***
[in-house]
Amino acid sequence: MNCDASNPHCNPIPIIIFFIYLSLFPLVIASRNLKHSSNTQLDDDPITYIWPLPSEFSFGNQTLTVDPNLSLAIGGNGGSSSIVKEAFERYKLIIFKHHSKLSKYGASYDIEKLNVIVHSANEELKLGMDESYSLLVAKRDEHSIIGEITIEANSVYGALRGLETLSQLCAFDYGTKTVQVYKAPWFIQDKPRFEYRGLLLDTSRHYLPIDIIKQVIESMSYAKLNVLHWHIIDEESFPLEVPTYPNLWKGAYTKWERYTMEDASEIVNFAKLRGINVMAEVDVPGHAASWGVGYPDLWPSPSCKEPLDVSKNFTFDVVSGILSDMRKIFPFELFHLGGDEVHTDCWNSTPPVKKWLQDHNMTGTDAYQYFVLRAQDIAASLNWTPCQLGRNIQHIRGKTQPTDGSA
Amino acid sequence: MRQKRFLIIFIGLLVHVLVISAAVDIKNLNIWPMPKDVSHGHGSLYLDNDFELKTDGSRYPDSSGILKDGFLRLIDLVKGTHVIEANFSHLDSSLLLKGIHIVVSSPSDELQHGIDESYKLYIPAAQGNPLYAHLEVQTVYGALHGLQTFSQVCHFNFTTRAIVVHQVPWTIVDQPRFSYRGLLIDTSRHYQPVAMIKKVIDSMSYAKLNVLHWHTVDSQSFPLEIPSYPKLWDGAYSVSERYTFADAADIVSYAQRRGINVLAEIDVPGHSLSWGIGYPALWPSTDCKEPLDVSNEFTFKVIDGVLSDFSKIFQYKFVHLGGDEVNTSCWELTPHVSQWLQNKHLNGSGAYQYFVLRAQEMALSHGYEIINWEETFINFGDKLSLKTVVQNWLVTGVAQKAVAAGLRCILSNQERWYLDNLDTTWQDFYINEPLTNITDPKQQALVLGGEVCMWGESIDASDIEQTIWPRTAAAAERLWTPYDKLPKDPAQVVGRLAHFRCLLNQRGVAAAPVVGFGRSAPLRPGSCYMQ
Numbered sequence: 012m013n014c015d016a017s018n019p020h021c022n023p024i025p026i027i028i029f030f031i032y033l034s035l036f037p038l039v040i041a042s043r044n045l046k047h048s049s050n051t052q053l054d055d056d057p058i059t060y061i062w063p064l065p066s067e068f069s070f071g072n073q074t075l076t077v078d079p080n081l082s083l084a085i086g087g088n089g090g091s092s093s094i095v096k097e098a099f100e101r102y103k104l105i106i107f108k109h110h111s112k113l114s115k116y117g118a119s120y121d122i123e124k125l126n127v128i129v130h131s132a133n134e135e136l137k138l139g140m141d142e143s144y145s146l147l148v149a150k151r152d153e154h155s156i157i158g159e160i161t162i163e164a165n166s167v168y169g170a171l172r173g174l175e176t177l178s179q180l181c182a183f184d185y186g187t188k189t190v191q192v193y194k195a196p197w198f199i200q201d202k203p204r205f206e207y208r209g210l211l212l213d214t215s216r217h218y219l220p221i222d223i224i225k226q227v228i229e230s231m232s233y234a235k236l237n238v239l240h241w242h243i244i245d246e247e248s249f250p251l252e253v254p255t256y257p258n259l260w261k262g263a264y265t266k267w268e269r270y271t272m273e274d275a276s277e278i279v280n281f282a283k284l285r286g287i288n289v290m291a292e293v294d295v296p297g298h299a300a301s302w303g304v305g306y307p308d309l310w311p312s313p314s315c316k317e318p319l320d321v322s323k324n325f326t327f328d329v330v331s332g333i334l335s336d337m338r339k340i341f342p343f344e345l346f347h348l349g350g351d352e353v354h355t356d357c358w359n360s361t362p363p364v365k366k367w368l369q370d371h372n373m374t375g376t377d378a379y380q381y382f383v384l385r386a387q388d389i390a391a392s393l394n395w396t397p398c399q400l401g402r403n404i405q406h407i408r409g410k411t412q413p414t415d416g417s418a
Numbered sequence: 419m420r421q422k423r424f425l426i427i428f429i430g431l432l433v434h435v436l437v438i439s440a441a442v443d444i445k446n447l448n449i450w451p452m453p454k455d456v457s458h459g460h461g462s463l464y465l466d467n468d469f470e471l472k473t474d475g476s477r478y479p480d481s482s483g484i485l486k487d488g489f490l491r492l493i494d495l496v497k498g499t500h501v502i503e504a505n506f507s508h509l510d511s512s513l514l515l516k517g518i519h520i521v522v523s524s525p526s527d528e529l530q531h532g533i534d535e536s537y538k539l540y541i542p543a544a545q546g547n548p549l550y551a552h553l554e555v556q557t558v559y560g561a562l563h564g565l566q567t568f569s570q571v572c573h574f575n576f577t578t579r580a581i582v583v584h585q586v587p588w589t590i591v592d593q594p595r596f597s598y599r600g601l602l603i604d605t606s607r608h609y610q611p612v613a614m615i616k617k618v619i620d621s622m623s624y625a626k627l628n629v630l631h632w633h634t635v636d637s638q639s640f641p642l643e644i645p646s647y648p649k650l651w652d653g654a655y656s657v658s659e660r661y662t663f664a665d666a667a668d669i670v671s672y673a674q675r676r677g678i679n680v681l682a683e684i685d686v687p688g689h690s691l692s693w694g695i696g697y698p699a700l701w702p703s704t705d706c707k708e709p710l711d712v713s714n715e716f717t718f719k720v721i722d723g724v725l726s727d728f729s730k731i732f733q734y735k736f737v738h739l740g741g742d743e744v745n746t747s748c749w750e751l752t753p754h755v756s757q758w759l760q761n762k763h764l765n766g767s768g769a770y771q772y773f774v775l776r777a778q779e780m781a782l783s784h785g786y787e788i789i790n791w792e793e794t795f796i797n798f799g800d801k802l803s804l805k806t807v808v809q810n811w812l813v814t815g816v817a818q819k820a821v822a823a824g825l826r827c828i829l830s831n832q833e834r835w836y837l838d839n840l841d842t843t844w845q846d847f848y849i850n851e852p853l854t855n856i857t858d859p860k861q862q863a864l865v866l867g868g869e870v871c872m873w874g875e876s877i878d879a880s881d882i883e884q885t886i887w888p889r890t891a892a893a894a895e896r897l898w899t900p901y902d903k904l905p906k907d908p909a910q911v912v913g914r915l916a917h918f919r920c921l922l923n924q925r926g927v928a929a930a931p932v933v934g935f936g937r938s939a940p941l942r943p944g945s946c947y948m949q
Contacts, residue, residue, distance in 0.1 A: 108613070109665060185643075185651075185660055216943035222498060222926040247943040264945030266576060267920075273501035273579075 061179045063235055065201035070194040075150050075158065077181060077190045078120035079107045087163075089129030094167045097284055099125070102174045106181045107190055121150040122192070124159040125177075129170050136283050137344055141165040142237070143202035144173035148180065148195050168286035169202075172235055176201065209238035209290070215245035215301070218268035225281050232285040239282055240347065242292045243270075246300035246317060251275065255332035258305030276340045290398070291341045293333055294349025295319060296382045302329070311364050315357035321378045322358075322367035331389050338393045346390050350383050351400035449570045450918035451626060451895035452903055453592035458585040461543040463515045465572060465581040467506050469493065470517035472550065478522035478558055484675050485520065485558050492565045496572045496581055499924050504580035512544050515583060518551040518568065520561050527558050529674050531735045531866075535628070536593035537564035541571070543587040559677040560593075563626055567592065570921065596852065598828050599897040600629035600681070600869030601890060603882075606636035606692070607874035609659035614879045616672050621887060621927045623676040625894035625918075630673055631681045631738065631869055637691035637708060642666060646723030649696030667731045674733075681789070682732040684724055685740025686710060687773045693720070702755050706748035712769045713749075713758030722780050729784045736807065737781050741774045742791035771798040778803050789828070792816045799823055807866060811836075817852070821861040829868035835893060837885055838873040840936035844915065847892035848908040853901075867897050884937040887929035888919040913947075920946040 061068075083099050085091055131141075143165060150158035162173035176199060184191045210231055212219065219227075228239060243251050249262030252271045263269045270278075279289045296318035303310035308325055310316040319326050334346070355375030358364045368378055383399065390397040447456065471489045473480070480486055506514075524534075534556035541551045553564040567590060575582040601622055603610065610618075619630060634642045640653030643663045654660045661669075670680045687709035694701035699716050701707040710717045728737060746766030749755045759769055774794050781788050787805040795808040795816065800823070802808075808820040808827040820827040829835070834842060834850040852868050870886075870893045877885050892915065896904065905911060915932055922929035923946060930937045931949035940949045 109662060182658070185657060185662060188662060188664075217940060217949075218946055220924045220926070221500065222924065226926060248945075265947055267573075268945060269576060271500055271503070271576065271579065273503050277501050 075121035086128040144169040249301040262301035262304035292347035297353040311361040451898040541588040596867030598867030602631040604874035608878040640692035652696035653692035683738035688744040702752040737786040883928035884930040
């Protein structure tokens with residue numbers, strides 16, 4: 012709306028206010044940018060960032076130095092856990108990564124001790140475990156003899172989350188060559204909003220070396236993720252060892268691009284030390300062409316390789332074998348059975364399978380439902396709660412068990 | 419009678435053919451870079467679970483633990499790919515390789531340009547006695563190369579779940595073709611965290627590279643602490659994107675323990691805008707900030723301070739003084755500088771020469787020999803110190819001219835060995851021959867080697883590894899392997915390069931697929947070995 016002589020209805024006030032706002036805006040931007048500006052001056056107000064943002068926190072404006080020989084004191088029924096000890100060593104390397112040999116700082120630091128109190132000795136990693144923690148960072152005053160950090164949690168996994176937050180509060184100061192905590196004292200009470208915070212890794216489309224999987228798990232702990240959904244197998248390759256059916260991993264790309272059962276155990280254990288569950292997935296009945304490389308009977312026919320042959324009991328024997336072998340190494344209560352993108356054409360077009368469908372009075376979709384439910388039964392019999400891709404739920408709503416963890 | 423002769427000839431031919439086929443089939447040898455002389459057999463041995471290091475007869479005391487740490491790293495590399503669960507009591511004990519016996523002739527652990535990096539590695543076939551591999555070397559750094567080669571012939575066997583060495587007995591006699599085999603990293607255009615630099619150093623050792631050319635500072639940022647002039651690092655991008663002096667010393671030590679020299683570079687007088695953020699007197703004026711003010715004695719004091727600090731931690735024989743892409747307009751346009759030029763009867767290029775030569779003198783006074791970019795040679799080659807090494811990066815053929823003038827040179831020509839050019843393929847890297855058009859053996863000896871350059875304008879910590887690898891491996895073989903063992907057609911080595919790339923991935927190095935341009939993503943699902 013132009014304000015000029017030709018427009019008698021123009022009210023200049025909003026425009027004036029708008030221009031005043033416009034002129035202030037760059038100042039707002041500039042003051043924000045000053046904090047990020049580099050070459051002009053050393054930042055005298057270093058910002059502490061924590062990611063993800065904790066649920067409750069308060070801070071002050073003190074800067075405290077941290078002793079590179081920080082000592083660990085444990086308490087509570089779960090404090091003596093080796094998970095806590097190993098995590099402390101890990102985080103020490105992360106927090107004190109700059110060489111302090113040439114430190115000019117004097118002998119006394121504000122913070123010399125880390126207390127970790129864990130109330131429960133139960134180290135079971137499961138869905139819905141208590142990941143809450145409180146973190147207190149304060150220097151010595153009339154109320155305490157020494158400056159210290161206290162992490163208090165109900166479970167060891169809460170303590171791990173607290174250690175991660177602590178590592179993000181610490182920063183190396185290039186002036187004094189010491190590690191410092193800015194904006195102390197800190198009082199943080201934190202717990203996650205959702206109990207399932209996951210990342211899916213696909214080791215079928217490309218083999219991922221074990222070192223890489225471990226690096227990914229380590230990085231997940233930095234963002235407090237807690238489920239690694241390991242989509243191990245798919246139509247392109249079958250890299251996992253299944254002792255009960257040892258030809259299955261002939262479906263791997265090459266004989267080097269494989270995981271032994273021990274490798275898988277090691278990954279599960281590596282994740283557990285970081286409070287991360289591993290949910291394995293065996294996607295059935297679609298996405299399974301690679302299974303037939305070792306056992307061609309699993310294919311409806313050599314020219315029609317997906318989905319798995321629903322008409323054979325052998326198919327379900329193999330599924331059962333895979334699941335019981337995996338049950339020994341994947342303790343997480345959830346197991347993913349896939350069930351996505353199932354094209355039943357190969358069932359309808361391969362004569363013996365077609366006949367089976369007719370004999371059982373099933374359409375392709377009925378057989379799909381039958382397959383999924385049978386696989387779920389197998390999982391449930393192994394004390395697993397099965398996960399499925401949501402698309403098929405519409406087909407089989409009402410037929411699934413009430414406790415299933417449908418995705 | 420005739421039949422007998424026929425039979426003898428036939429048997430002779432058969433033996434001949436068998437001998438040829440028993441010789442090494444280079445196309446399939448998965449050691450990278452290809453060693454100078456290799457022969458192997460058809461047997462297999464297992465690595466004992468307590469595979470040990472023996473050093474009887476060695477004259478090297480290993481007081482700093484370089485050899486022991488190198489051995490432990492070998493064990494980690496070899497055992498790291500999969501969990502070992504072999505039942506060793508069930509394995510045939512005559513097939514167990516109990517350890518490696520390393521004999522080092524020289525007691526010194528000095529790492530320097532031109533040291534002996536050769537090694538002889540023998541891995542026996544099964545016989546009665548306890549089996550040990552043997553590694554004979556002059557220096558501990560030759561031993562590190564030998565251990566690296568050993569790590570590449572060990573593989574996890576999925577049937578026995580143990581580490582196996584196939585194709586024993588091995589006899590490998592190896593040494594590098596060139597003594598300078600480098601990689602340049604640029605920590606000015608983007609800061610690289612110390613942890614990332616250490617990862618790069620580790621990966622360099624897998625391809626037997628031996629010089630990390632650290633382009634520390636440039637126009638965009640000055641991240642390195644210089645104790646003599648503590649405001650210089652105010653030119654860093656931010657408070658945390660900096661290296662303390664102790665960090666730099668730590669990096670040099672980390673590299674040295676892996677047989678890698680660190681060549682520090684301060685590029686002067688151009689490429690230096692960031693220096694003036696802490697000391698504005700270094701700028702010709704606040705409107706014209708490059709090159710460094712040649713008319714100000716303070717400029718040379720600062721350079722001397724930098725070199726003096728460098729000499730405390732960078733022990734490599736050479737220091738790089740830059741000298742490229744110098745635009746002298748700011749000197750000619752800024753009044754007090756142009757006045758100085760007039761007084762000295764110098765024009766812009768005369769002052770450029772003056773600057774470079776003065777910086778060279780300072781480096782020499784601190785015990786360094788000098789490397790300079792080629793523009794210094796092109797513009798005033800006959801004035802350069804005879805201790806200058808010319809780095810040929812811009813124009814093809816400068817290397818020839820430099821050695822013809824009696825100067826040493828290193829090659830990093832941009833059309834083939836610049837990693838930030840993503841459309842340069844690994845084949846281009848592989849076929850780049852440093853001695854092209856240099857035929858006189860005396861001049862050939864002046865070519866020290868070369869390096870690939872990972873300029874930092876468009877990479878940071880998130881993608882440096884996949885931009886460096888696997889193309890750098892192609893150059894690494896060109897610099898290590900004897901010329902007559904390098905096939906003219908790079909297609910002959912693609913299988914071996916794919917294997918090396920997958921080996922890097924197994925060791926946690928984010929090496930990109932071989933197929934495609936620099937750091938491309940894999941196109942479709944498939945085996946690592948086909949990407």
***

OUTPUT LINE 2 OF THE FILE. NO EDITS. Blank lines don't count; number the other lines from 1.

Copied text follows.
Amino acid sequence: MNCDASNPHCNPIPIIIFFIYLSLFPLVIASRNLKHSSNTQLDDDPITYIWPLPSEFSFGNQTLTVDPNLSLAIGGNGGSSSIVKEAFERYKLIIFKHHSKLSKYGASYDIEKLNVIVHSANEELKLGMDESYSLLVAKRDEHSIIGEITIEANSVYGALRGLETLSQLCAFDYGTKTVQVYKAPWFIQDKPRFEYRGLLLDTSRHYLPIDIIKQVIESMSYAKLNVLHWHIIDEESFPLEVPTYPNLWKGAYTKWERYTMEDASEIVNFAKLRGINVMAEVDVPGHAASWGVGYPDLWPSPSCKEPLDVSKNFTFDVVSGILSDMRKIFPFELFHLGGDEVHTDCWNSTPPVKKWLQDHNMTGTDAYQYFVLRAQDIAASLNWTPCQLGRNIQHIRGKTQPTDGSA